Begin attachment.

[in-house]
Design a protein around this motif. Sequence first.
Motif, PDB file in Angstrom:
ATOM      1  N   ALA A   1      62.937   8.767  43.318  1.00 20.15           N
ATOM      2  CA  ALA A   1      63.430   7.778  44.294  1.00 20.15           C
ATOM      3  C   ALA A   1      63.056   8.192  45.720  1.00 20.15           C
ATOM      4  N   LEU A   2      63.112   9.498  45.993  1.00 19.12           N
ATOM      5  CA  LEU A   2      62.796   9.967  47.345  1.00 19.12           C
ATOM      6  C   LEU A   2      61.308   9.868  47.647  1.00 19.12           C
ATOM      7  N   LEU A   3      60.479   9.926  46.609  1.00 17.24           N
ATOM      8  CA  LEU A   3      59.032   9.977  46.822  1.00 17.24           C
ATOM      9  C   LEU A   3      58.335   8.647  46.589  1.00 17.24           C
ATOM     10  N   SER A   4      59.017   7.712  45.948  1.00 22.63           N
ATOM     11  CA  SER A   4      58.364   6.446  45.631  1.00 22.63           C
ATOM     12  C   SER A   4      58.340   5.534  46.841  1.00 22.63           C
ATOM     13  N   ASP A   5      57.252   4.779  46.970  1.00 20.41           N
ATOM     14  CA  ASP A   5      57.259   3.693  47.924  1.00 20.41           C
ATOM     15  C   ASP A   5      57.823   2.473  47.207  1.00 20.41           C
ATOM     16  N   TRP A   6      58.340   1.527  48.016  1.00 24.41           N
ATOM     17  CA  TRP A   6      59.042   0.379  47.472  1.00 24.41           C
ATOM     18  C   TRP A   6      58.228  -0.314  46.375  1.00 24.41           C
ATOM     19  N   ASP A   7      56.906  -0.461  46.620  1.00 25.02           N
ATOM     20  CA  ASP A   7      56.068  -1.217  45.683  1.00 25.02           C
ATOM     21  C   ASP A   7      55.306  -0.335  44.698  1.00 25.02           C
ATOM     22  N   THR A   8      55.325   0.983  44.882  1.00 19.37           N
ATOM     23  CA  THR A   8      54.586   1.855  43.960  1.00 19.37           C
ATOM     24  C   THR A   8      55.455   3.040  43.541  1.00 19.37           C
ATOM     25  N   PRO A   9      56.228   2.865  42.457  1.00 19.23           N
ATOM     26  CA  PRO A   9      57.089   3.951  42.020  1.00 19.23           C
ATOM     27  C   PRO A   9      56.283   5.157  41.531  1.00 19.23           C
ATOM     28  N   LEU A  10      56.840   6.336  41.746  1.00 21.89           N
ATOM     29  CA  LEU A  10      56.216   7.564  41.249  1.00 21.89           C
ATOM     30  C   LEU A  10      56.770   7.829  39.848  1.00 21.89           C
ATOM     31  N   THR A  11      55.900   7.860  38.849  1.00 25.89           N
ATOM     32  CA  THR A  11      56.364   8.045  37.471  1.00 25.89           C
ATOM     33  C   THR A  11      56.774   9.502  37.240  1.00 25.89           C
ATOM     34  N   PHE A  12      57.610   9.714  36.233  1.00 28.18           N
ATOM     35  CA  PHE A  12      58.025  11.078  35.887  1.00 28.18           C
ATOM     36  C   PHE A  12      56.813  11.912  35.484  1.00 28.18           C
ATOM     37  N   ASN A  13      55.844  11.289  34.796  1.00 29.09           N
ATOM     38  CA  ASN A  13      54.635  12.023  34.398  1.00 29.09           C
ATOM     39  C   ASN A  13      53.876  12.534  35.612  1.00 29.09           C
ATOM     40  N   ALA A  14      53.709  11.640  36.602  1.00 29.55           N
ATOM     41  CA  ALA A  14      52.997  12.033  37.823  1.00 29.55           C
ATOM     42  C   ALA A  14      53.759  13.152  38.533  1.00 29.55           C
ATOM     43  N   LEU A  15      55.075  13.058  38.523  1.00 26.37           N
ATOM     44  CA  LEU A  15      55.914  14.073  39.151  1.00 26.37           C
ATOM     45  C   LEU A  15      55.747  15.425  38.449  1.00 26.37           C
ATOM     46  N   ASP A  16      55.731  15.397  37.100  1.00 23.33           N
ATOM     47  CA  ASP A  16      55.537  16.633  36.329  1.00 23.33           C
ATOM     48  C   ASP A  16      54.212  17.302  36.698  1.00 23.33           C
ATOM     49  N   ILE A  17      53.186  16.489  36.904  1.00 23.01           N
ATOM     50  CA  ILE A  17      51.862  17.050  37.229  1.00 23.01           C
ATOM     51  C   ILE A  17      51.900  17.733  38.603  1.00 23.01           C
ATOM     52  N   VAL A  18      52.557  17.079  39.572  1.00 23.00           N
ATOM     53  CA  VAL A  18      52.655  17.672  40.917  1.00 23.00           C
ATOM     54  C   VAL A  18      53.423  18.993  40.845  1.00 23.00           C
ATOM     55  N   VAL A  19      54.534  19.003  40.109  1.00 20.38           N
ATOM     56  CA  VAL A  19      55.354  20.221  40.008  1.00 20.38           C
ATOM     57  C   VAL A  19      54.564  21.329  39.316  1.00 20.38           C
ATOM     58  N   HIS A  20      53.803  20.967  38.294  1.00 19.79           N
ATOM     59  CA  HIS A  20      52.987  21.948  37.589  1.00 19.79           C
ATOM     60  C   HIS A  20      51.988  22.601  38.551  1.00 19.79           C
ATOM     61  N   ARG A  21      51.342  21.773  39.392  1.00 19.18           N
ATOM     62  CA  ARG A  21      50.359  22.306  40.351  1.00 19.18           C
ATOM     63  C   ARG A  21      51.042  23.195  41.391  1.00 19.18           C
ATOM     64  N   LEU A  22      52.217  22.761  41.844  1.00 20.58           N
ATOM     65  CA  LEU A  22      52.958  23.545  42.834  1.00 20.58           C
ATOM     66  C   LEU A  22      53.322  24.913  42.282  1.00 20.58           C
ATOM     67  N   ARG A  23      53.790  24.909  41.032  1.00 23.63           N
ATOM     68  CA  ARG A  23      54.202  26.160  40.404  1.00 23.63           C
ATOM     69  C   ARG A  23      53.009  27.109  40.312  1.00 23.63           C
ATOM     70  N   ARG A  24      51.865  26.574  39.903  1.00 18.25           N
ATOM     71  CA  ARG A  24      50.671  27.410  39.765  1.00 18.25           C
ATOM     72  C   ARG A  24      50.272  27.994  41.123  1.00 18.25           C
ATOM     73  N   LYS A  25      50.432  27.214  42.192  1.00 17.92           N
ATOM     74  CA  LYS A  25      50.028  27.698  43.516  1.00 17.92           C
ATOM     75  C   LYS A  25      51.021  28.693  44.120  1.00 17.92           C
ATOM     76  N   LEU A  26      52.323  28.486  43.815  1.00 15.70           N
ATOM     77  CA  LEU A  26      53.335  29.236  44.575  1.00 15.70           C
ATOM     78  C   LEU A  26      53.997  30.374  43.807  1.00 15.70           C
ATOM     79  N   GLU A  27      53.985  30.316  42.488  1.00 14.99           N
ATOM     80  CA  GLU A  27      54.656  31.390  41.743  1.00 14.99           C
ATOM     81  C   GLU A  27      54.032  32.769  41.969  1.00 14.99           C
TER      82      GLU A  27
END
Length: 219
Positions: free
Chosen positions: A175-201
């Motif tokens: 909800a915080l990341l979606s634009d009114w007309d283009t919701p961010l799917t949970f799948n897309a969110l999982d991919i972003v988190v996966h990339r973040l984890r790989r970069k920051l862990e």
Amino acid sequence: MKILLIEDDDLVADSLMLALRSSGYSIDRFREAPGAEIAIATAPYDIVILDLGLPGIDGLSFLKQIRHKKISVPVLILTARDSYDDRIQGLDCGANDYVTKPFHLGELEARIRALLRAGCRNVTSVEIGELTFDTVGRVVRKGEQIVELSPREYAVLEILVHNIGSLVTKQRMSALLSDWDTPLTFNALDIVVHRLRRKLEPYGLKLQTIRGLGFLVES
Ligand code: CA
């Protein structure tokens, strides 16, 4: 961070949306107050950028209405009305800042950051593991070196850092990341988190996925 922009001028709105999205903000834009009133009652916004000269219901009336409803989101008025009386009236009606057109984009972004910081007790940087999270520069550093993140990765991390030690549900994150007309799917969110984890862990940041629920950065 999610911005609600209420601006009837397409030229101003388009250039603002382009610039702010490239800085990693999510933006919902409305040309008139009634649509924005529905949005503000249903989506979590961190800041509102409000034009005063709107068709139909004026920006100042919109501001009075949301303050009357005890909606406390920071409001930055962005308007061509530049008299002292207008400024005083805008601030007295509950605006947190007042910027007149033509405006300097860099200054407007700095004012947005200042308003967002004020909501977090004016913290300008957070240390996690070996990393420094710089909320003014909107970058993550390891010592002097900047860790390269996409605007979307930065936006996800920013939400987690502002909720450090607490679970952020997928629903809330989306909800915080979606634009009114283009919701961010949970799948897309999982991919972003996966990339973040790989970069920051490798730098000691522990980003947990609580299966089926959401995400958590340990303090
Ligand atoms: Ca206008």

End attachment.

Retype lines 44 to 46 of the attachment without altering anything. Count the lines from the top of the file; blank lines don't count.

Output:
ATOM     41  CA  ALA A  14      52.997  12.033  37.823  1.00 29.55           C
ATOM     42  C   ALA A  14      53.759  13.152  38.533  1.00 29.55           C
ATOM     43  N   LEU A  15      55.075  13.058  38.523  1.00 26.37           N